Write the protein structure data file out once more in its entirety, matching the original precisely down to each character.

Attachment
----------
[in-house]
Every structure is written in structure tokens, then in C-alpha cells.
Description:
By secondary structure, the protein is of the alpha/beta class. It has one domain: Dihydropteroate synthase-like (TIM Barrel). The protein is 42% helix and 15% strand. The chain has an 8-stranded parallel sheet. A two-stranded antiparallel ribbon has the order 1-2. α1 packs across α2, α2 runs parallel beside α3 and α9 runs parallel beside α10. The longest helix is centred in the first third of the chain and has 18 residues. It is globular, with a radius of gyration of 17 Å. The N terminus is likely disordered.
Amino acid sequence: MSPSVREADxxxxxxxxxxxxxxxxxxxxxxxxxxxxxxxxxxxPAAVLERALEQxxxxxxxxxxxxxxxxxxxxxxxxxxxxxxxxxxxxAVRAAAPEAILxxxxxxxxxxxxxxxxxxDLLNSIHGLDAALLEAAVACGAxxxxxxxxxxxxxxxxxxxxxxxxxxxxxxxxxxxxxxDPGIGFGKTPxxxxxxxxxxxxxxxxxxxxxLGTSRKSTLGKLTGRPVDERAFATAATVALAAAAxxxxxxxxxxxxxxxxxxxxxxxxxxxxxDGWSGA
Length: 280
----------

[in-house]
Every structure is written in structure tokens, then in C-alpha cells.
Description:
By secondary structure, the protein is of the alpha/beta class. It has one domain: Dihydropteroate synthase-like (TIM Barrel). The protein is 42% helix and 15% strand. The chain has an 8-stranded parallel sheet. A two-stranded antiparallel ribbon has the order 1-2. α1 packs across α2, α2 runs parallel beside α3 and α9 runs parallel beside α10. The longest helix is centred in the first third of the chain and has 18 residues. It is globular, with a radius of gyration of 17 Å. The N terminus is likely disordered.
Amino acid sequence: MSPSVREADxxxxxxxxxxxxxxxxxxxxxxxxxxxxxxxxxxxPAAVLERALEQxxxxxxxxxxxxxxxxxxxxxxxxxxxxxxxxxxxxAVRAAAPEAILxxxxxxxxxxxxxxxxxxDLLNSIHGLDAALLEAAVACGAxxxxxxxxxxxxxxxxxxxxxxxxxxxxxxxxxxxxxxDPGIGFGKTPxxxxxxxxxxxxxxxxxxxxxLGTSRKSTLGKLTGRPVDERAFATAATVALAAAAxxxxxxxxxxxxxxxxxxxxxxxxxxxxxDGWSGA
Length: 280